In the aftermath of the attack (as beforehand), Zulum has emphasized his direct physical outreach to Borno’s most vulnerable populations. I don’t think such gestures are cynical or empty, but I also think they have a political dimension:
Meanwhile, the leadership of the Nigerian Army has framed the attack as a Boko Haram attack but also as “an isolated and most unfortunate incident that occurred in a territory where normalcy has since been restored with socio-economic activities picking up.” We see a hint of a gap between the statements of the officer who appears in the video I linked to above, who can be heard saying “there is no Boko Haram inside the town,” and the official Army statement, another portion of which reads, “The good people of Baga town and indeed the entire Borno State are enjoined to continue to provide credible information that will assist the security agencies to successfully combat terrorism as well as apprehend and flush out the perpetrators of the attack.” The Army is keen to present itself as being in control, but there is the faintest acknowledgment here that they do not have the human intelligence they need. The reasons for that are manifold, but one obvious reason is the Army’s own past history in Baga. The statement has also promised an investigation into the incident.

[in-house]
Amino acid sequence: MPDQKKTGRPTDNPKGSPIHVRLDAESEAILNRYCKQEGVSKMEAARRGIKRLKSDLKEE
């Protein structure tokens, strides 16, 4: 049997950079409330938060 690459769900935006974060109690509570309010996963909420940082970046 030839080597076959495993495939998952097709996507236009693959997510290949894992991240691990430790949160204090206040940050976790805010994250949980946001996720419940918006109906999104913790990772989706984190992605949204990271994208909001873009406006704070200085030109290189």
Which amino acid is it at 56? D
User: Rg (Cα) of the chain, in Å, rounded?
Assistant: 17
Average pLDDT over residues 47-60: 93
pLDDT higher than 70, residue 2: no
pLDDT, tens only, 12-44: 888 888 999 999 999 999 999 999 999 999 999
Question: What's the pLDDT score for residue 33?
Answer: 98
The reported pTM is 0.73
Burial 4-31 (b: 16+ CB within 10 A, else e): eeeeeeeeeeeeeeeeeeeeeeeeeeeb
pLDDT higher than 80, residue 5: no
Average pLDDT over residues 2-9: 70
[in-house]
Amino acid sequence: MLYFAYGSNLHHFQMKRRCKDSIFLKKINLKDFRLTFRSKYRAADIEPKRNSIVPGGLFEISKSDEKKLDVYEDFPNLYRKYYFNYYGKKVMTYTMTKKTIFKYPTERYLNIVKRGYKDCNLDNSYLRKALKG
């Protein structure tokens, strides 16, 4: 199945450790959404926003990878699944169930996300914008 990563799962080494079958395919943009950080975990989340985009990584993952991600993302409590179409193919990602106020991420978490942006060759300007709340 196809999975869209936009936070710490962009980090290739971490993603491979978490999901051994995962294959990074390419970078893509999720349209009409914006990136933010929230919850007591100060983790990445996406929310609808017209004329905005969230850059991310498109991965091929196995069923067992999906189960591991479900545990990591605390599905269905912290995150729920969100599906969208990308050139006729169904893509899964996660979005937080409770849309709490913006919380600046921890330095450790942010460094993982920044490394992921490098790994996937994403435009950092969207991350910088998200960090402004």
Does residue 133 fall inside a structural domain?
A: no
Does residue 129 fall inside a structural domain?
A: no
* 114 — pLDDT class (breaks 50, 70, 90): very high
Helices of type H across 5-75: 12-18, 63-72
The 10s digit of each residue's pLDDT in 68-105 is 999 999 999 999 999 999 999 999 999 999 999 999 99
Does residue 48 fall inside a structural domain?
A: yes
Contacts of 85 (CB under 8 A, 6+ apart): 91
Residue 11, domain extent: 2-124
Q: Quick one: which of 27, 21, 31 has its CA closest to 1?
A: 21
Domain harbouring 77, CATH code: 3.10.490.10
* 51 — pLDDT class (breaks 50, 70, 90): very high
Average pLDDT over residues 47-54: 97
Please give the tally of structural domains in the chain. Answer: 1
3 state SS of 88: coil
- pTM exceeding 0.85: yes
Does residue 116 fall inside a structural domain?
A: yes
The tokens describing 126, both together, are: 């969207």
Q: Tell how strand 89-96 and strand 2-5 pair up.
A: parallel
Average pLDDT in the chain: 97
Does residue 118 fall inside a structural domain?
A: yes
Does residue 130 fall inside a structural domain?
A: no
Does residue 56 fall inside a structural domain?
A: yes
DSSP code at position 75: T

The Army is also keen to control the narrative about the trajectory of the conflict – in other words, the Army would like audiences, local, national, and international, to believe that the trajectory is positive. This convoy attack, however, has prominent voices in Borno and beyond saying that the situation is deteriorating – the State’s foremost religious leader, the Shehu of Borno, said, “If a convoy of such highly placed person in the State will be attacked, I repeat, nobody is safe. The matter is getting worse, I urge everyone to raise up our hands to seek Allah’s intervention.” This is precisely how the Army does not want people to feel.
There are multiple audiences in play. One is President Muhammadu Buhari – Zulum explicitly said, in his remarks about sabotage, that this is something he is conveying to the president. The Army, obviously, also wants Buhari to be convinced that they are making progress. Another key audience is ordinary people (and voters) in Borno. And there is an international audience too, obviously.
Who controls what now, in Borno? The picture is constantly shifting, but humanitarian access maps give one perspective – here is one June 2020 map of educational activities in Borno, for example. For context, Baga is located in Kukawa Local Government Area (LGA), northeastern Borno State. The map does not classify Kukawa as inaccessible but it does mark two nearby LGAs, Abadam and Marte, as red zones. Adjacent Monguno LGA is also very dangerous. Contrary to the military’s claims, Baga is still very much part of the conflict zone.
Finally, for further context, this is not the first time a Borno governor’s convoy has been attacked – Zulum’s predecessor, Kashim Shettima, was attacked on the road between the state capital Maiduguri and the northeastern town of Gamboru in February 2019.